Center for Young Women's Health
 General Health Home > Health Guides by Topic > General Health & Development > CAM > Deep Breathing Exercises

Deep Breathing Exercises

 

Remember

  • Deep breathing has many benefits.
  • Deep breathing exercises can be used when you feel stressed or anxious.
  • Deep breathing exercises are useful before medical tests and procedures.

Do you ever just need a minute to yourself so you can relax? Do you ever let out a big sigh after experiencing some stress or anxiety? Do you ever notice how your breathing is fast when you're nervous right before or during a test? If you answered yes to any of these questions you might want to try deep breathing exercises to help you relax. Read on to learn more about deep breathing and about the positive affects it can have on your body.

 

What are deep breathing exercises?

Deep breathing is a type of exercise that makes you aware of your breathing so when you inhale (take in air) through your nose, the breath is long and slow so and the air completely fills your lungs. The second part of the exercise is to blow out all of the air from your lungs, nice and slow. You should see your lower belly rise when you breathe in and lower when you breathe out.

 

What affects breathing?

Stress, anxiety, anger, fear and other emotions can cause your breathing to become faster than normal. When you are happy and content your breathing is slower, and more regular.

 

How can deep breathing exercises help me?

Deep breathing can help you relax, decrease anxiety, improve coping skills and even help to lower your blood pressure.

 

When should I use deep breathing exercises?

Deep breathing exercises can be used when you feel stressed, anxious, or you're in any situation where you need to slow down and feel in control. For example: if you're anxious before a test at school, deep breathing is a great tool to use to help you relax and focus. Even if you feel stressed in the middle of a tough day, taking a few deep breaths will help you feel relaxed and calm.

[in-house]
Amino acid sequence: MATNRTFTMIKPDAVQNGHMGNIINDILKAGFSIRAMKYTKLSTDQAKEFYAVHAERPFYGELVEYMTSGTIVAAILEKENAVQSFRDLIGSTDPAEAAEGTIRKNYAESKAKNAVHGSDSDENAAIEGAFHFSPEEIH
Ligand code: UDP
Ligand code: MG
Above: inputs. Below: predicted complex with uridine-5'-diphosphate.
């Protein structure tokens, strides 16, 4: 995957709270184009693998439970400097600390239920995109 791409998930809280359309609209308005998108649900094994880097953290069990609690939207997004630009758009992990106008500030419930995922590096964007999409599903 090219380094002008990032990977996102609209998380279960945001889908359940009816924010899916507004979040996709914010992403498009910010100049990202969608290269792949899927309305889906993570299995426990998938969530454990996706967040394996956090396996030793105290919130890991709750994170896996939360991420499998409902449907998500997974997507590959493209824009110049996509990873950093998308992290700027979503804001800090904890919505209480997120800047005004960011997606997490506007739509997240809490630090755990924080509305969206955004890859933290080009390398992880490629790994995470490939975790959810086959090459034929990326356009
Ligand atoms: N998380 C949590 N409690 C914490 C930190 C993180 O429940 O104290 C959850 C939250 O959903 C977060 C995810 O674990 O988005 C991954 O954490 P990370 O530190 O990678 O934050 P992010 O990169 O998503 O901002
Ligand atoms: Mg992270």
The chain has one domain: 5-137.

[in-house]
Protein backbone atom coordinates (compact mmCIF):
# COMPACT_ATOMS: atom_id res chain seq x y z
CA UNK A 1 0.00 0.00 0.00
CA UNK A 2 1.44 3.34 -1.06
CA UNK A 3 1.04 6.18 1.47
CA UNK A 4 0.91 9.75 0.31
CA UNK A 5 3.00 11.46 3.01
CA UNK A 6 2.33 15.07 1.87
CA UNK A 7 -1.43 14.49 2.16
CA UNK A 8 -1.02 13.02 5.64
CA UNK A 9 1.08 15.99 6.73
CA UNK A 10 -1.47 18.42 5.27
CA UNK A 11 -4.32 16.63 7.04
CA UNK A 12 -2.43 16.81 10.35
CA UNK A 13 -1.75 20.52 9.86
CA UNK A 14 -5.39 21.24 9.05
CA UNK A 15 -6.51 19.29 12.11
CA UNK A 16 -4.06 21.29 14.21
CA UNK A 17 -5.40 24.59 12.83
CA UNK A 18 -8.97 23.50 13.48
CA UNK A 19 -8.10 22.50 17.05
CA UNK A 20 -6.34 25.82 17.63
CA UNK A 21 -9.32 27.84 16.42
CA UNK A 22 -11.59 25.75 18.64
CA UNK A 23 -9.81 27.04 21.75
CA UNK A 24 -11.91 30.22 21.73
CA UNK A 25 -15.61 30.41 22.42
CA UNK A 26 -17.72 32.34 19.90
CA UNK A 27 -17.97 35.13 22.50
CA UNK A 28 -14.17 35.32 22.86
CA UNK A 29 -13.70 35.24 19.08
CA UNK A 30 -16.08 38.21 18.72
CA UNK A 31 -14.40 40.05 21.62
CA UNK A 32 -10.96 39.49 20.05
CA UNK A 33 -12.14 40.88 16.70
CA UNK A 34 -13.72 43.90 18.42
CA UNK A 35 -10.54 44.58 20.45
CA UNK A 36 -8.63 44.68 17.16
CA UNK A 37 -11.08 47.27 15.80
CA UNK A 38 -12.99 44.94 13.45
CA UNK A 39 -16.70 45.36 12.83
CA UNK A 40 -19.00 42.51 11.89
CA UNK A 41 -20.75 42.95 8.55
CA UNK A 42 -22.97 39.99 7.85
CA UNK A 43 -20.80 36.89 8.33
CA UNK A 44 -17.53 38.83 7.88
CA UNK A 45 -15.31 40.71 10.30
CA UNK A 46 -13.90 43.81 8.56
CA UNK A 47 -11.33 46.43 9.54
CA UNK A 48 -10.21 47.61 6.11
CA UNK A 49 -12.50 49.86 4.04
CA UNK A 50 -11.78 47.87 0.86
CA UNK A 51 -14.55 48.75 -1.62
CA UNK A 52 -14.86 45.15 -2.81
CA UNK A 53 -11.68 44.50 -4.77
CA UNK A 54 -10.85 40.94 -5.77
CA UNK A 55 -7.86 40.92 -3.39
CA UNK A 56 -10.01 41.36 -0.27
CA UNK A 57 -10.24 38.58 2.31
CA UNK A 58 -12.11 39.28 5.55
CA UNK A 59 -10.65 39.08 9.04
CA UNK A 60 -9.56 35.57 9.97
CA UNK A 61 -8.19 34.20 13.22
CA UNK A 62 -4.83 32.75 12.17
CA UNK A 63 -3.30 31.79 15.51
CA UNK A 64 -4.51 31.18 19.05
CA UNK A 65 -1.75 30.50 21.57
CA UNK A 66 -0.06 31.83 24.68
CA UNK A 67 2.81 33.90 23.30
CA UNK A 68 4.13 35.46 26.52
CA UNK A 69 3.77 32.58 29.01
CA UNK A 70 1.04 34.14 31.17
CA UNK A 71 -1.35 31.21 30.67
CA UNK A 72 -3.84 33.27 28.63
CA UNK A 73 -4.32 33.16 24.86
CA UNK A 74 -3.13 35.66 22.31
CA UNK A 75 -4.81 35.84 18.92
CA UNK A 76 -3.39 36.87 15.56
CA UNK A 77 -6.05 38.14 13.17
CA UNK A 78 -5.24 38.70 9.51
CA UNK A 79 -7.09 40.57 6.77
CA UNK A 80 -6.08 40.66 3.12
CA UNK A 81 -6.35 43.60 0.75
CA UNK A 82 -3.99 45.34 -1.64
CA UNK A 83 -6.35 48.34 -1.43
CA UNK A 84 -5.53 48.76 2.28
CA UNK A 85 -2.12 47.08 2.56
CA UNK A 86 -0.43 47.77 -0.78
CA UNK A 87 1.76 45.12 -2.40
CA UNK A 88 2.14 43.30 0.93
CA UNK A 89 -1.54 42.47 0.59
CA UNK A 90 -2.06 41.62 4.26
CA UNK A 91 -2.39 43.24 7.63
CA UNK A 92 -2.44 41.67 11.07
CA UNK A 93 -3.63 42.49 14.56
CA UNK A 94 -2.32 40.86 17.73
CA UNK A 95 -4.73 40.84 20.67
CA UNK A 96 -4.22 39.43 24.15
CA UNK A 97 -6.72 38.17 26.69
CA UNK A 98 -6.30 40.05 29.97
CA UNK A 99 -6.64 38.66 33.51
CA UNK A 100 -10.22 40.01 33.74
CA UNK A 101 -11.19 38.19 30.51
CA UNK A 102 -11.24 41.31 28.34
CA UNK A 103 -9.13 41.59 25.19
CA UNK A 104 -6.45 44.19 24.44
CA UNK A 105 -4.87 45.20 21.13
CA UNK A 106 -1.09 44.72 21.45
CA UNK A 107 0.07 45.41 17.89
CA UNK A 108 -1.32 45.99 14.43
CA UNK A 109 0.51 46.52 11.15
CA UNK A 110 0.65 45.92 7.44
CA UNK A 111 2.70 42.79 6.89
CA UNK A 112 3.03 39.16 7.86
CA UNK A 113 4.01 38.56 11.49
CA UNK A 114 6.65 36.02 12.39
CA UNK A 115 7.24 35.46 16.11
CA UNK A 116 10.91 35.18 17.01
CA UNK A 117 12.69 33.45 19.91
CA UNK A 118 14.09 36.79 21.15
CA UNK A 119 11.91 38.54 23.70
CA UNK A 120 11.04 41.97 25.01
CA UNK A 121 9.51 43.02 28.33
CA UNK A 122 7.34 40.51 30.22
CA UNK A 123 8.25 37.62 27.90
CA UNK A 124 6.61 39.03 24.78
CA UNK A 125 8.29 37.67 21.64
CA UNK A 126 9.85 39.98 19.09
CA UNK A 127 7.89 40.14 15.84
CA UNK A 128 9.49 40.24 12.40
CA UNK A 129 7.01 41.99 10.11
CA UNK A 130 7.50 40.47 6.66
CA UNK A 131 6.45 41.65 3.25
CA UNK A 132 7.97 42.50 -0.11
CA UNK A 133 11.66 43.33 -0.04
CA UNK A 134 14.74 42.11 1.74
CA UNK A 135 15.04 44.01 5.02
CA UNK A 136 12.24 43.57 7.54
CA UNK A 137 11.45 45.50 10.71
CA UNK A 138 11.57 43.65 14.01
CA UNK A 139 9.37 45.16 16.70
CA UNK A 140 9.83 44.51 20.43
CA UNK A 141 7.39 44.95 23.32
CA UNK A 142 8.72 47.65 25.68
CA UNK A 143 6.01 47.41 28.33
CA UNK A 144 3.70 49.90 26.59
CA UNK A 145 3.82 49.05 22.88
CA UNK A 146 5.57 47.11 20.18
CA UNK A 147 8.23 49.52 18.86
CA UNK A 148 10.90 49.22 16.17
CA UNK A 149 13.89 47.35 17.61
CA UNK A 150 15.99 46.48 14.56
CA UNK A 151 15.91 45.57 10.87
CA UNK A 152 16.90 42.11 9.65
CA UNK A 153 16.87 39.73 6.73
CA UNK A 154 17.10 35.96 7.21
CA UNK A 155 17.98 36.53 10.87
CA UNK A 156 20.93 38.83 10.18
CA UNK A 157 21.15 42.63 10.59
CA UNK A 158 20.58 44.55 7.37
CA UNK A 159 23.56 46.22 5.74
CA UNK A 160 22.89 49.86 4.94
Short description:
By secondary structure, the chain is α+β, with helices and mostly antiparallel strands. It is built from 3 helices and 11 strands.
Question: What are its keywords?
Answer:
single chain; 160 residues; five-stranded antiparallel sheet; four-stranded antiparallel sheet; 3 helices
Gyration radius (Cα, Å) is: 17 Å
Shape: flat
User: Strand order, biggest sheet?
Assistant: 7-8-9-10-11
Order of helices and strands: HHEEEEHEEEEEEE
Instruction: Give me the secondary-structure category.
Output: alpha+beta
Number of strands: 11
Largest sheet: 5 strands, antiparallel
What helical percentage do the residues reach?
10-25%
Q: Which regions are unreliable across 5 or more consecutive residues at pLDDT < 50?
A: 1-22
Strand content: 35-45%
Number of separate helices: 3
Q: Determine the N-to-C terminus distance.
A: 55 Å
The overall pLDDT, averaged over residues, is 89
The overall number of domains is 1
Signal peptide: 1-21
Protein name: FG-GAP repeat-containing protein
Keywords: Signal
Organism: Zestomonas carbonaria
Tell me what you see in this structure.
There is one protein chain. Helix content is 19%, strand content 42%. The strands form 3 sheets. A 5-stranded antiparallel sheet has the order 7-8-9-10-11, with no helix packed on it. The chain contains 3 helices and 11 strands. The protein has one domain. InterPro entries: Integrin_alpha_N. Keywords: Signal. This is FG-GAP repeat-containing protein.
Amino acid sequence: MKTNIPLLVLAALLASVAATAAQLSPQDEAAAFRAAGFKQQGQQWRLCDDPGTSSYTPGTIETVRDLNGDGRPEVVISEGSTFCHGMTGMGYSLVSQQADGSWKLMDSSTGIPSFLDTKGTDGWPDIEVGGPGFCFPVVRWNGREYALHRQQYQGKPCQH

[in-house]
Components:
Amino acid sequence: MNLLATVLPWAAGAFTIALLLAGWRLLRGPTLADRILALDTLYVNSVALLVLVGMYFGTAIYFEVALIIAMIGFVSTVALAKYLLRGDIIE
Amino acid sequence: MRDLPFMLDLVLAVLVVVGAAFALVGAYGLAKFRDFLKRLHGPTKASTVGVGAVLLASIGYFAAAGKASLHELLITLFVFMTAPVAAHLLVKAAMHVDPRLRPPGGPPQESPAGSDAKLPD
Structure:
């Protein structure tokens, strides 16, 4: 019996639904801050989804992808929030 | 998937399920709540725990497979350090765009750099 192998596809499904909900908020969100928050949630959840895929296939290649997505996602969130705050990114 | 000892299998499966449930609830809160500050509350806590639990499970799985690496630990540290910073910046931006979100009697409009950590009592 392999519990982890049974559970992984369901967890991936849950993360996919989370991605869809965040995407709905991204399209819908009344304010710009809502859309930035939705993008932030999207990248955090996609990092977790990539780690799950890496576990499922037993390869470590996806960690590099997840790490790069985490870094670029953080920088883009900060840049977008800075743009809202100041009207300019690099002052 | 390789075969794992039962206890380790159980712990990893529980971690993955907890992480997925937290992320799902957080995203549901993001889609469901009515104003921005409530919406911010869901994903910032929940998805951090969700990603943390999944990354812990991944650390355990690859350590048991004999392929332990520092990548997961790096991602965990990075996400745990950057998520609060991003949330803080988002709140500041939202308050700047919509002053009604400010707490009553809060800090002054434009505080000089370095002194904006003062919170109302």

Deep breathing can also be useful before any medical tests or procedures, such as when you have your blood drawn. Deep breathing gives you a feeling of peace and is an easy skill to learn and use whenever you feel anxious or tense.

 

Who can teach me about deep breathing exercises?

Many different types of health care providers can talk to you about deep breathing exercises including nurses, health care providers, social workers, and psychologists. Deep breathing is often connected with yoga and meditation so teachers who are trained in these activities can also show you how to do it.

 

I don't have a lot of free time, is deep breathing exercise something I can do on my own?

Yes! You can use deep breathing exercises anytime for as long or short as you want. Unlike other forms of exercise you don't need any equipment, and it's free!

 

How do I do deep breathing exercises?

Something simple to do is: Close your eyes for a few minutes and imagine yourself on a beach or another place you find relaxing. Then, take a deep breath through your nose and count to ten. Release the breath through your mouth until you have pushed all the air out. Then repeat the exercise.

 

Important things to remember when practicing deep breathing exercises:

Deep breathing is a practice that has many benefits. It is often combined with yoga, meditation, guided imagery and other relaxation techniques for even more positive results. Try an activity that you think you might enjoy. Learning ways to relax will help you to become more in tune with your body so you can respond to stress in a healthy way.

 

Written and reviewed by the CYWH Staff at Boston Children's Hospital

 

Updated: 5/3/2012

 

Related Guides:

Meditation

Different forms of meditation have been used for thousands of years. Today, people meditate for reasons such as to relax and/or improve concentration...

 

Yoga

Yoga practice usually combines physical postures, breathing exercises, with relaxation and meditation...

Search Our Site
CYWH Logo CYWH
Center for Young Women's Health Center for Young Women's Health Boston Children's Hospital Boston Children's Hospital
Photo of Peer Leaders Meet Our Peers
15 Years!